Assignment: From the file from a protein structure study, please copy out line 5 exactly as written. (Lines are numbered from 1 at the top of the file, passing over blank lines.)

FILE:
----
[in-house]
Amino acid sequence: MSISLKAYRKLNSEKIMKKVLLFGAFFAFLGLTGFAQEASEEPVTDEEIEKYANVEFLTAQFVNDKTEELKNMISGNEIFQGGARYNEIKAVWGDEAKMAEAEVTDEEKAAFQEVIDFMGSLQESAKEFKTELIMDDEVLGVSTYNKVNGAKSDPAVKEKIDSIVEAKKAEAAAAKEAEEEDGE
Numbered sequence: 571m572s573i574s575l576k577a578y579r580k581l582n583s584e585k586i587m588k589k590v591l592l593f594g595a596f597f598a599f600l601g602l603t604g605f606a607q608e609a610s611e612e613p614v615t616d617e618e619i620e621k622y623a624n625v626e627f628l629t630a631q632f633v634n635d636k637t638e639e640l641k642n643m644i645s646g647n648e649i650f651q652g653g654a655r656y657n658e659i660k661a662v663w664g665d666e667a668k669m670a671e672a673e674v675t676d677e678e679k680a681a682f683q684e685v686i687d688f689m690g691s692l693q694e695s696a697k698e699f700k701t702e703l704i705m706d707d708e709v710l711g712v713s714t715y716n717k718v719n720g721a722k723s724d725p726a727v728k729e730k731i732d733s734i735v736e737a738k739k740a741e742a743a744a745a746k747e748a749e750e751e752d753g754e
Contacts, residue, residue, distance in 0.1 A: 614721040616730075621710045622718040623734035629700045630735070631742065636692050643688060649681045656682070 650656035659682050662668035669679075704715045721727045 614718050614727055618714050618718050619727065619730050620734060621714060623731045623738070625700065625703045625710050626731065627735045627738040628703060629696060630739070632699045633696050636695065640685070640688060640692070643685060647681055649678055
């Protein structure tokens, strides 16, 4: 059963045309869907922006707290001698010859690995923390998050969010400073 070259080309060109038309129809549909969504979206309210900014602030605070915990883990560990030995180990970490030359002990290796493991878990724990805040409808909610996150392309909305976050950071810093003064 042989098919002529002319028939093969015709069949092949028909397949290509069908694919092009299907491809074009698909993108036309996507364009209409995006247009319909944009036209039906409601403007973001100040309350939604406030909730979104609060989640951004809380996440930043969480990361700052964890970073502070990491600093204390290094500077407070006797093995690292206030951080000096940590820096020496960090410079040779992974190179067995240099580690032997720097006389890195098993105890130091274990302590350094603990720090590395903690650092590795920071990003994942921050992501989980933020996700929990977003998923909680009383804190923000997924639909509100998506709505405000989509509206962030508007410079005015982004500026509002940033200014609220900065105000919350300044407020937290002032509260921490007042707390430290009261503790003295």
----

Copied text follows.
């Protein structure tokens, strides 16, 4: 059963045309869907922006707290001698010859690995923390998050969010400073 070259080309060109038309129809549909969504979206309210900014602030605070915990883990560990030995180990970490030359002990290796493991878990724990805040409808909610996150392309909305976050950071810093003064 042989098919002529002319028939093969015709069949092949028909397949290509069908694919092009299907491809074009698909993108036309996507364009209409995006247009319909944009036209039906409601403007973001100040309350939604406030909730979104609060989640951004809380996440930043969480990361700052964890970073502070990491600093204390290094500077407070006797093995690292206030951080000096940590820096020496960090410079040779992974190179067995240099580690032997720097006389890195098993105890130091274990302590350094603990720090590395903690650092590795920071990003994942921050992501989980933020996700929990977003998923909680009383804190923000997924639909509100998506709505405000989509509206962030508007410079005015982004500026509002940033200014609220900065105000919350300044407020937290002032509260921490007042707390430290009261503790003295």